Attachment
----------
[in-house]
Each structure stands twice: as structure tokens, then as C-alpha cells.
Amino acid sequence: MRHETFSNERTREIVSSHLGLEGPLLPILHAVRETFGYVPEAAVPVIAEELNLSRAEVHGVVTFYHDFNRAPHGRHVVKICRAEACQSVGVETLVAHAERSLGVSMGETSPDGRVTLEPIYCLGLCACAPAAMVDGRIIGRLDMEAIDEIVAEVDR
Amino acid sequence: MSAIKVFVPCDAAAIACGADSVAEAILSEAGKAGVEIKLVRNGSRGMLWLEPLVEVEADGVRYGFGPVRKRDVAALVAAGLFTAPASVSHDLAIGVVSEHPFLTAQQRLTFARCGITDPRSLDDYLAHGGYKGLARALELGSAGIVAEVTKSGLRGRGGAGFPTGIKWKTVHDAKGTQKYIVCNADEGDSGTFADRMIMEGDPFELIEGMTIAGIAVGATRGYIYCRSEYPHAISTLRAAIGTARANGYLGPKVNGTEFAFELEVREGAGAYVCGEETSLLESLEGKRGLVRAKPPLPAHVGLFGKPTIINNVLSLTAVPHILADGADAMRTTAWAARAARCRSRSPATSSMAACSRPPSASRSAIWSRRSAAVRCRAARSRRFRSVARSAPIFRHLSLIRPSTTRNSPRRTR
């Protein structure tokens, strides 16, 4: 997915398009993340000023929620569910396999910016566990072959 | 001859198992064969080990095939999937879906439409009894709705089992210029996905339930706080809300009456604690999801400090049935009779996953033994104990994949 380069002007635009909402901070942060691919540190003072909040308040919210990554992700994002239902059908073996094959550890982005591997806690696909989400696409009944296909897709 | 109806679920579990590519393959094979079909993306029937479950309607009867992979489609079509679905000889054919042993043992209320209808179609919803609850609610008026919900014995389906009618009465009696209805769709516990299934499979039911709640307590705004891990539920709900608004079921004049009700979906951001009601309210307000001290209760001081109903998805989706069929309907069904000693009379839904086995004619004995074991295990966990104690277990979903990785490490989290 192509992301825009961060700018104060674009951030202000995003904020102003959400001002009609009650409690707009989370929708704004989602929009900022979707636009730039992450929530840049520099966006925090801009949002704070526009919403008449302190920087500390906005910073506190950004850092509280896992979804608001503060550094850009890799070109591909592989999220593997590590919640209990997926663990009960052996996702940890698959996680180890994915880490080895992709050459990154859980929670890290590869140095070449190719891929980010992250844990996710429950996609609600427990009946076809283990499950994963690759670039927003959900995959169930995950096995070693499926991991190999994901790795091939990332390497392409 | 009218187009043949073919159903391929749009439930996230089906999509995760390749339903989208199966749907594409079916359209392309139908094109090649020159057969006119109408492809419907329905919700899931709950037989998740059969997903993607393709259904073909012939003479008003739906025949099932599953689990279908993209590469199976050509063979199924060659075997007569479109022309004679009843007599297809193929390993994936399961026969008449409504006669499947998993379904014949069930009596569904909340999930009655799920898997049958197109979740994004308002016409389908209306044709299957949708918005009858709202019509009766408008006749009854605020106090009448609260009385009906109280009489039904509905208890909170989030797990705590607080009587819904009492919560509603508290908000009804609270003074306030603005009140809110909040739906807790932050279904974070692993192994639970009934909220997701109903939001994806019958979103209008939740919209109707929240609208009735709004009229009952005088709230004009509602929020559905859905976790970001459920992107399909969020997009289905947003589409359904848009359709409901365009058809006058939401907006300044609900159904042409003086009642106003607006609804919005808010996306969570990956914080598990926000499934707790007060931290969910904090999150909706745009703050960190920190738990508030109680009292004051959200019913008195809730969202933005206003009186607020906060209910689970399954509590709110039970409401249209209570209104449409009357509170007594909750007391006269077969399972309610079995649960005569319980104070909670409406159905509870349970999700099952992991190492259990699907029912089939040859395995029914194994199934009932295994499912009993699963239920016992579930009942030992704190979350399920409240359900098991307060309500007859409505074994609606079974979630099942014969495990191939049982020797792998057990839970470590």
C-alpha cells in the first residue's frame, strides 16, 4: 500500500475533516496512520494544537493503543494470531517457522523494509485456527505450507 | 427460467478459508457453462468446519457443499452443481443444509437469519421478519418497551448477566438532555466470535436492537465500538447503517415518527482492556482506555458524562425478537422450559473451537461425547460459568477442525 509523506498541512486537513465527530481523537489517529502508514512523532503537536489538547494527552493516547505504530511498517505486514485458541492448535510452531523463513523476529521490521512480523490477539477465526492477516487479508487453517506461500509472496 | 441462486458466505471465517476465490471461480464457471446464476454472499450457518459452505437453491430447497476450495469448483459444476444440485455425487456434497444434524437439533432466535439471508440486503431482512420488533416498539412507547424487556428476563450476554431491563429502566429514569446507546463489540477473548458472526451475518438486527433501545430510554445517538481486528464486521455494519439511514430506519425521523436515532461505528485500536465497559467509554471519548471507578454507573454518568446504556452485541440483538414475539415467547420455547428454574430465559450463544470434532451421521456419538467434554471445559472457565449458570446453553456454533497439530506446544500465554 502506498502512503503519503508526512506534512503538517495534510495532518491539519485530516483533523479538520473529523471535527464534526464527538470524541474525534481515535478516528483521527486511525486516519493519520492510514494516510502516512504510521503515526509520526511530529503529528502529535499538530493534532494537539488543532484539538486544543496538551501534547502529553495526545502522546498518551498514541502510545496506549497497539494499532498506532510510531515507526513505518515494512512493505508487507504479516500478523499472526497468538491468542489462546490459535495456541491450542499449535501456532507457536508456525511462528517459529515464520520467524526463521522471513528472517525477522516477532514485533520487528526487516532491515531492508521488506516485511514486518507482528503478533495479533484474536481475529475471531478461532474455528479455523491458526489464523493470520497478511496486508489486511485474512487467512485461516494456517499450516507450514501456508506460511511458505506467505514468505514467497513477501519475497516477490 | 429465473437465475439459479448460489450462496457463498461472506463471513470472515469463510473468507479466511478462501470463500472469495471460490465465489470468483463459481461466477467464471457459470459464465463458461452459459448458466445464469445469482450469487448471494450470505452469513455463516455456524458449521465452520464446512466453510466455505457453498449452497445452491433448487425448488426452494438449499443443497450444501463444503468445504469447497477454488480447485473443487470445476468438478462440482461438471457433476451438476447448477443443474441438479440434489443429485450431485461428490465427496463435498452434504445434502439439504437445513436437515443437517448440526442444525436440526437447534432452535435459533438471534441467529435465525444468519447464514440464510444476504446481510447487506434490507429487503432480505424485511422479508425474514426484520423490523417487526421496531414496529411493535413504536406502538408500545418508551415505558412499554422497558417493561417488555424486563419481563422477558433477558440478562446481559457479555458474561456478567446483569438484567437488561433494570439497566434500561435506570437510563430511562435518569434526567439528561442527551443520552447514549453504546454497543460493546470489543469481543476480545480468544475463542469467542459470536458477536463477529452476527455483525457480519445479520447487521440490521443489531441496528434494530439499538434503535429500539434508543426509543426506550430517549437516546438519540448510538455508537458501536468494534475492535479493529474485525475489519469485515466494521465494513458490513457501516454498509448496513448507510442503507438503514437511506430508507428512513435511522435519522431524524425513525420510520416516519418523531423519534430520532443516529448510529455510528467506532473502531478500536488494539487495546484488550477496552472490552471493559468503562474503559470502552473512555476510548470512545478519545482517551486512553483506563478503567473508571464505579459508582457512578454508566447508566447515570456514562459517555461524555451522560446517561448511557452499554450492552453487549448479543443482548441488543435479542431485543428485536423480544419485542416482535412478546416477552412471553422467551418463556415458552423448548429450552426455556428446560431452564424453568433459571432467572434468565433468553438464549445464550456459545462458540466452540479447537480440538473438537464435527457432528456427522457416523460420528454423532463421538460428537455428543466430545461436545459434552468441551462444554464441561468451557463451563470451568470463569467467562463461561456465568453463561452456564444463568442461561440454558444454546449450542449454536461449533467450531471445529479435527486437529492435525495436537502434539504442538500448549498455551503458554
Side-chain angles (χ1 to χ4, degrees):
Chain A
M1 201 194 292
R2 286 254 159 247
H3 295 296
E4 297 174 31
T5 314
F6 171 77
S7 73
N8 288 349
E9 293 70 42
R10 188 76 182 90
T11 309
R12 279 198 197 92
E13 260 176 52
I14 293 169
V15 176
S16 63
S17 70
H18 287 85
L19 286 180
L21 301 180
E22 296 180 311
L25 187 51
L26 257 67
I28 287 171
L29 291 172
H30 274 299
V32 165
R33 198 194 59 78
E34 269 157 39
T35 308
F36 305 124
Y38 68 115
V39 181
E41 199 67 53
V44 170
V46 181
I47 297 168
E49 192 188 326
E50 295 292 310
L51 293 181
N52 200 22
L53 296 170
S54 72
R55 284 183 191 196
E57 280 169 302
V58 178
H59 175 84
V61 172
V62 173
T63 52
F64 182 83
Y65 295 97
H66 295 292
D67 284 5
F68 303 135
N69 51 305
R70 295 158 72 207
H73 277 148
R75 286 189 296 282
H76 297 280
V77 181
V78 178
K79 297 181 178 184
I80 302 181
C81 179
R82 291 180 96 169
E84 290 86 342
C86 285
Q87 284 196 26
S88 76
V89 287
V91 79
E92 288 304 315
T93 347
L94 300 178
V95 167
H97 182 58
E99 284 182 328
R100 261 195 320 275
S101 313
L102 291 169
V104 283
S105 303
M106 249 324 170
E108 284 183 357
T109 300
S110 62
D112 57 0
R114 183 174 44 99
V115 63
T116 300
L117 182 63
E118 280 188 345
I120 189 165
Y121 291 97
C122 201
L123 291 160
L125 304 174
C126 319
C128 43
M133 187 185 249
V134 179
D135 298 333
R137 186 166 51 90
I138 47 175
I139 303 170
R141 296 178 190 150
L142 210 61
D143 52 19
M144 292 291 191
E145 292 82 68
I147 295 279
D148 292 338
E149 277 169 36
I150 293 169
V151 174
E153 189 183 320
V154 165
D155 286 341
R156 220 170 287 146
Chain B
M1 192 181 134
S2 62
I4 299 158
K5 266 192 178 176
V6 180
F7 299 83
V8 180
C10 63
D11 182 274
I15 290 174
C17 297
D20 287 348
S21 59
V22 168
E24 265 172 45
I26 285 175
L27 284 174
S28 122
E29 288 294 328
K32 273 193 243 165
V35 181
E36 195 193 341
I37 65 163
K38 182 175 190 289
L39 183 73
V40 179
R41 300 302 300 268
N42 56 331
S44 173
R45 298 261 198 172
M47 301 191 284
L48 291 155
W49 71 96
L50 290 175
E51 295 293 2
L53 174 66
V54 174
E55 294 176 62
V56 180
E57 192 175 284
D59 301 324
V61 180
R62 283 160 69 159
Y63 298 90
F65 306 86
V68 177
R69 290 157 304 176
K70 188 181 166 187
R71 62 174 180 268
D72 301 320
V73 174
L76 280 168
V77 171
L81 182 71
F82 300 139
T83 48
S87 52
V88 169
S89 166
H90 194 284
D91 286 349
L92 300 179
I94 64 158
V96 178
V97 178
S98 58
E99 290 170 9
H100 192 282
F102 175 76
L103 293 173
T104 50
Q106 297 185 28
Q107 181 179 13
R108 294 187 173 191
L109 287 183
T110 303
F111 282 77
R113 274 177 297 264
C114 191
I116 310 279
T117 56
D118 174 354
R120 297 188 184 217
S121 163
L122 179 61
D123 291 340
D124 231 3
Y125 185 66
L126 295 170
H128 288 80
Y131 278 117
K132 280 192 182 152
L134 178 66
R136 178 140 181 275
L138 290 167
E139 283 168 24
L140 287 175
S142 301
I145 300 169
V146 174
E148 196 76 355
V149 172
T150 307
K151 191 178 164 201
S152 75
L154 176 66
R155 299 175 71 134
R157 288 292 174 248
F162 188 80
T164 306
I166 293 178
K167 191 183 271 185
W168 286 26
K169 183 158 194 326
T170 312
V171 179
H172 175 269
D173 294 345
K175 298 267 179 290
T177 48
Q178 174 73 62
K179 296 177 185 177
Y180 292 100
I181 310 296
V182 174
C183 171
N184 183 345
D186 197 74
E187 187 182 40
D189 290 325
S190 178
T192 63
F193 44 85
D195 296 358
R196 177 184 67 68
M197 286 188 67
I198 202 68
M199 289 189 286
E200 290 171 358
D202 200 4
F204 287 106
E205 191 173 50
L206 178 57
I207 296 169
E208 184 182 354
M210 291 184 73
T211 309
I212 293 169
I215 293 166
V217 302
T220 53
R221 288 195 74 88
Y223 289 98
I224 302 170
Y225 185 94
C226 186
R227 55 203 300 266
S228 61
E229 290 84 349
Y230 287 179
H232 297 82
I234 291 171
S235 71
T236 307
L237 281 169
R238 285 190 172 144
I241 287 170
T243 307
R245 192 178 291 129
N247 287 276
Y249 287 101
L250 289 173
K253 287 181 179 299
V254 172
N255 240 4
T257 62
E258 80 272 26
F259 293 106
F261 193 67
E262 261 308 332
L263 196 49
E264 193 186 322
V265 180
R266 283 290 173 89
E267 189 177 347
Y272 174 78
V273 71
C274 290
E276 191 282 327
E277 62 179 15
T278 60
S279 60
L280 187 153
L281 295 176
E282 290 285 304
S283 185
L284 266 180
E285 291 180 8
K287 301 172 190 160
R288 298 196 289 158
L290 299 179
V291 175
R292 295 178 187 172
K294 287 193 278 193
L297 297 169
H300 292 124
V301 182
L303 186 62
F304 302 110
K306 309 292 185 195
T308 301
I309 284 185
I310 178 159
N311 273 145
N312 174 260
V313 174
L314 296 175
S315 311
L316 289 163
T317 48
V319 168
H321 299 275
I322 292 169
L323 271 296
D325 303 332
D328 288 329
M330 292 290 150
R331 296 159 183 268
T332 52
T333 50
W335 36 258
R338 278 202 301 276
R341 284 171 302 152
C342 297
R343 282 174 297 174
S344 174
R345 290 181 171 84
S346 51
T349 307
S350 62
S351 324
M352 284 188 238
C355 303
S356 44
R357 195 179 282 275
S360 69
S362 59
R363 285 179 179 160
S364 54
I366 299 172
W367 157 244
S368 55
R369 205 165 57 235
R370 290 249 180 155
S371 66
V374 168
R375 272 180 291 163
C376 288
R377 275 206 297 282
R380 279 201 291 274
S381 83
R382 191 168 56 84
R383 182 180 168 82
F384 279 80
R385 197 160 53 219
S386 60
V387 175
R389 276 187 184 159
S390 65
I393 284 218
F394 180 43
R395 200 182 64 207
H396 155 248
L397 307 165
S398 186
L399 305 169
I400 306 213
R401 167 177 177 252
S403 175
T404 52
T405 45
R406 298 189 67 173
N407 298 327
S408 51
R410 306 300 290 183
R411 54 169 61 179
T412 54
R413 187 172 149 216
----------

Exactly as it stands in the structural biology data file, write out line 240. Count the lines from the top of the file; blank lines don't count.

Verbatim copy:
I166 293 178